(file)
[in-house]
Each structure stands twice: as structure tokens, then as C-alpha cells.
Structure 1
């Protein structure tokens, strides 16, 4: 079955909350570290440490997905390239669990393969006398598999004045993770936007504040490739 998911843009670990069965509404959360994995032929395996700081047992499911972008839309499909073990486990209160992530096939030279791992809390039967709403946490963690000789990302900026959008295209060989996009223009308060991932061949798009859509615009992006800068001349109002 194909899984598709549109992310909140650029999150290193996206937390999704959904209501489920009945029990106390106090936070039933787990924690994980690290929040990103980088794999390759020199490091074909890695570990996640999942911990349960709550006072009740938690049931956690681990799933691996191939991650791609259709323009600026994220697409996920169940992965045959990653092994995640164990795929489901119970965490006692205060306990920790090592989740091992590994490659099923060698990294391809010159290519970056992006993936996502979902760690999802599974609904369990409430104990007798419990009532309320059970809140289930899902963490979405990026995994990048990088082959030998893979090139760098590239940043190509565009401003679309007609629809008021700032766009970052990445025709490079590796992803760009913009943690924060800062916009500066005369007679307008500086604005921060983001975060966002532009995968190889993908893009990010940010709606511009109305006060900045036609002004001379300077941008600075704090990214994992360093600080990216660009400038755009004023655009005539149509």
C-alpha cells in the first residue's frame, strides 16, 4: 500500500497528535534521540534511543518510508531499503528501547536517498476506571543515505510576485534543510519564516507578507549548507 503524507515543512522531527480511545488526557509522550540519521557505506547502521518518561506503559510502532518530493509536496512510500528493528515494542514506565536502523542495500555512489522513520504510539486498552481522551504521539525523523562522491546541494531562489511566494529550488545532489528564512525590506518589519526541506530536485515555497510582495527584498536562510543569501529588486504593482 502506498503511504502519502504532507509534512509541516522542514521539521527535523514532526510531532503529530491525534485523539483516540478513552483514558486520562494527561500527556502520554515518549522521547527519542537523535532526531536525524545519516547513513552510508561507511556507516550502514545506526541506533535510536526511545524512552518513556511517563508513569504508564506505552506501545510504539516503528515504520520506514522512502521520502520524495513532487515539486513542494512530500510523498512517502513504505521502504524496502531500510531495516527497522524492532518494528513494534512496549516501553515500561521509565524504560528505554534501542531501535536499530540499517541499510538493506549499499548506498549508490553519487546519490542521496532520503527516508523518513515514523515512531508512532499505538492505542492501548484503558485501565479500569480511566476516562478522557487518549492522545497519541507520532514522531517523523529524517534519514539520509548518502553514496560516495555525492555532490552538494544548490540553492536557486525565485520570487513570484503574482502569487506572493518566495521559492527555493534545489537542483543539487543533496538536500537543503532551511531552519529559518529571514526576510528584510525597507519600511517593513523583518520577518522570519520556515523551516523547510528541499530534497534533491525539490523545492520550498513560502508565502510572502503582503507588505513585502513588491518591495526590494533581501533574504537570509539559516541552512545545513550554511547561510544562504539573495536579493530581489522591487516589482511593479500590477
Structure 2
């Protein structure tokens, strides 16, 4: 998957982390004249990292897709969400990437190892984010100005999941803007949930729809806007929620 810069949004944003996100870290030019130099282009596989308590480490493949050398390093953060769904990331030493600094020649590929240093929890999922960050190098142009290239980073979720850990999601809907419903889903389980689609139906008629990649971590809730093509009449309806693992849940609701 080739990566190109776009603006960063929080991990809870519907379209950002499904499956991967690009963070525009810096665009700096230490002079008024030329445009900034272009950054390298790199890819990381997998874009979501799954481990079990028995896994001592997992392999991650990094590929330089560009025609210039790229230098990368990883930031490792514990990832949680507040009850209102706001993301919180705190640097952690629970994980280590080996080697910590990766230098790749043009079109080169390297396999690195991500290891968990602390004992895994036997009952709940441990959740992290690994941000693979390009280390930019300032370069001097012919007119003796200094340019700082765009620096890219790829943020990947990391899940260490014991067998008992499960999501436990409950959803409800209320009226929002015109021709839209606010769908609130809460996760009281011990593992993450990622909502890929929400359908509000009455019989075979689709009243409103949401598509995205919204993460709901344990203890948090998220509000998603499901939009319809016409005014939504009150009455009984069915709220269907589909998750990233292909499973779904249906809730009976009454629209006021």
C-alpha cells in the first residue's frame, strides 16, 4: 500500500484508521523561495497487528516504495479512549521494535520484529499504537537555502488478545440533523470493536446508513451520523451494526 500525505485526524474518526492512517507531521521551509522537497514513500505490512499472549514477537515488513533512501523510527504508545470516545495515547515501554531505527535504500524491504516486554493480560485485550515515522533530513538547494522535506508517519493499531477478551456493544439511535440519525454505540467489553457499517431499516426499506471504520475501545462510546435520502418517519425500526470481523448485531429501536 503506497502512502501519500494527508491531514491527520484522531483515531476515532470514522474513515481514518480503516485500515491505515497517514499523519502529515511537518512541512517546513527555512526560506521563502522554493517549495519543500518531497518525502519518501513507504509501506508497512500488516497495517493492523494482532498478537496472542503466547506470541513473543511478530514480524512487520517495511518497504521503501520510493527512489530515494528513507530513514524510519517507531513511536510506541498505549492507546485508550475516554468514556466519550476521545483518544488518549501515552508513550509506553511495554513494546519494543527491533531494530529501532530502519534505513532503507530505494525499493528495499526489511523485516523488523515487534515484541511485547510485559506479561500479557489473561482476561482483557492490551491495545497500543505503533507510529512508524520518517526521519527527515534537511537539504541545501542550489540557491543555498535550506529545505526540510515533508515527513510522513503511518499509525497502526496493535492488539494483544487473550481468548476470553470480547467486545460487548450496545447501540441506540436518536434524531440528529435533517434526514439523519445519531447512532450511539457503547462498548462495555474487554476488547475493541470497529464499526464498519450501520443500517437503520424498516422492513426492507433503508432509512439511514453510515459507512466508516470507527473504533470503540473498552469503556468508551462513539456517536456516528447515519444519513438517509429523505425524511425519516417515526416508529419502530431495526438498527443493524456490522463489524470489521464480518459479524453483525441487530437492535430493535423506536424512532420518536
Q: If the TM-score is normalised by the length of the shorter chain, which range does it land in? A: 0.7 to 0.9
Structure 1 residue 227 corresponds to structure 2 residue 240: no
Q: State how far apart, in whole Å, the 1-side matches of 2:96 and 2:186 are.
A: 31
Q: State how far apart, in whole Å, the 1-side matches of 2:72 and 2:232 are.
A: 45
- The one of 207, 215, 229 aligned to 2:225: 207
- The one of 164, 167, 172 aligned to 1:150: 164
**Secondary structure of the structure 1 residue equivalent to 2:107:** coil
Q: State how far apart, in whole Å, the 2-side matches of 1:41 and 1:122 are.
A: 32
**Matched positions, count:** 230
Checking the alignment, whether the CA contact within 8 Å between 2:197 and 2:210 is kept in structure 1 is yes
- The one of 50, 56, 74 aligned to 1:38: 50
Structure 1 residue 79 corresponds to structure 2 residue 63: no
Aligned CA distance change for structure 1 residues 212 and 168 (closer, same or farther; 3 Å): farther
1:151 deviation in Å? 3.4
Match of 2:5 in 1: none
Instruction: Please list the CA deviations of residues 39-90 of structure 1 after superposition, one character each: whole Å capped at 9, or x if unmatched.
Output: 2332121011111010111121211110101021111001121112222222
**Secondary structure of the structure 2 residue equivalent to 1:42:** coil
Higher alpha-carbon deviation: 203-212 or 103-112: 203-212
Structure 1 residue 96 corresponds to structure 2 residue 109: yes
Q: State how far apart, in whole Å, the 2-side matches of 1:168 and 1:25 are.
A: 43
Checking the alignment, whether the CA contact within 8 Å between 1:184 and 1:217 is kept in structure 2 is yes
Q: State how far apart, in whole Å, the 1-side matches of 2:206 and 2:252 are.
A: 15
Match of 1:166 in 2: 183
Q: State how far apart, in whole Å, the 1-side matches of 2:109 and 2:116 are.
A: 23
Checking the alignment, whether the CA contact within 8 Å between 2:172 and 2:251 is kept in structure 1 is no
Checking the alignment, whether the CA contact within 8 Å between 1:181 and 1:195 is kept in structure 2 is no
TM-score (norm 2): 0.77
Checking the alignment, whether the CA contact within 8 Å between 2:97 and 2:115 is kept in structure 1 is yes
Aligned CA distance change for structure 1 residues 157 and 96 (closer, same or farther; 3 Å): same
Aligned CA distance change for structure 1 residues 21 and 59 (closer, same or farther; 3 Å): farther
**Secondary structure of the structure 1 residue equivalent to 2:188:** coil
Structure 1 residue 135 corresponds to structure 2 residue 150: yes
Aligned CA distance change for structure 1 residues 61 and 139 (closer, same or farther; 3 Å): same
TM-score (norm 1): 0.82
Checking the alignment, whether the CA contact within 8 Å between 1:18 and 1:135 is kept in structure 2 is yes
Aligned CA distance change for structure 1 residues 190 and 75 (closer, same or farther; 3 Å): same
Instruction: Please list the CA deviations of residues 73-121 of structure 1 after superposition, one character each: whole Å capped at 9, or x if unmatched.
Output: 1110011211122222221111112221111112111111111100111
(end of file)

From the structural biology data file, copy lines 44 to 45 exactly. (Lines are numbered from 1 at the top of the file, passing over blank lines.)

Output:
Aligned CA distance change for structure 1 residues 157 and 96 (closer, same or farther; 3 Å): same
Aligned CA distance change for structure 1 residues 21 and 59 (closer, same or farther; 3 Å): farther